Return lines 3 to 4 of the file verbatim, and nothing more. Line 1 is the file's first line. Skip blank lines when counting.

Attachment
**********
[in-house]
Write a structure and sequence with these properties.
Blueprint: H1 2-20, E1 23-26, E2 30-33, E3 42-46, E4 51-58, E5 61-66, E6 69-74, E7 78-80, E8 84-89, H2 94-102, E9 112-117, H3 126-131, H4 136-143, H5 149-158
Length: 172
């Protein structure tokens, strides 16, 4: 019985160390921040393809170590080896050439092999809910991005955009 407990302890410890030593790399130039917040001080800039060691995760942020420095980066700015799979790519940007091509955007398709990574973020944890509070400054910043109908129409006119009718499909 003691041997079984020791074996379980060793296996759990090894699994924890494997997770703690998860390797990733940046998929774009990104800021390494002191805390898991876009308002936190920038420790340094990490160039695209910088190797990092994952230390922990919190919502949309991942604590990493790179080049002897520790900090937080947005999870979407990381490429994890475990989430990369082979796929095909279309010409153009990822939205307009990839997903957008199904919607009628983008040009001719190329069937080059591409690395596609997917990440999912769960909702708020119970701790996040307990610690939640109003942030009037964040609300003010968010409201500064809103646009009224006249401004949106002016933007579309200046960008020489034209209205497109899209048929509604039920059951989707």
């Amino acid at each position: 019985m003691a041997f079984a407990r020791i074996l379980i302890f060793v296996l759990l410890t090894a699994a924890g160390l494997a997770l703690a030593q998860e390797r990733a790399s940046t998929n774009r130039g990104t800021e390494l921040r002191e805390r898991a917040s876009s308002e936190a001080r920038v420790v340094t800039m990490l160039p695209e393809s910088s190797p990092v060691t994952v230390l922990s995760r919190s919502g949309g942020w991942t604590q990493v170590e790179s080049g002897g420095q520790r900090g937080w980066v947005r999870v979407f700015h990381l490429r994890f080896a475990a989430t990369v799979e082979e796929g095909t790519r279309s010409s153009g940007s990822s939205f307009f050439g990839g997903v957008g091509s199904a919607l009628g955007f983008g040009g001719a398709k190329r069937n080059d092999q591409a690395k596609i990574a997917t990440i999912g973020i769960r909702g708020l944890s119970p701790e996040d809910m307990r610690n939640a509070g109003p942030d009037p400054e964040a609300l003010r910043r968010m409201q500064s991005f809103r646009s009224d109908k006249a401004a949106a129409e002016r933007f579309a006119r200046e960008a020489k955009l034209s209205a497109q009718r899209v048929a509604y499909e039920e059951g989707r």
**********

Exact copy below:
Blueprint: H1 2-20, E1 23-26, E2 30-33, E3 42-46, E4 51-58, E5 61-66, E6 69-74, E7 78-80, E8 84-89, H2 94-102, E9 112-117, H3 126-131, H4 136-143, H5 149-158
Length: 172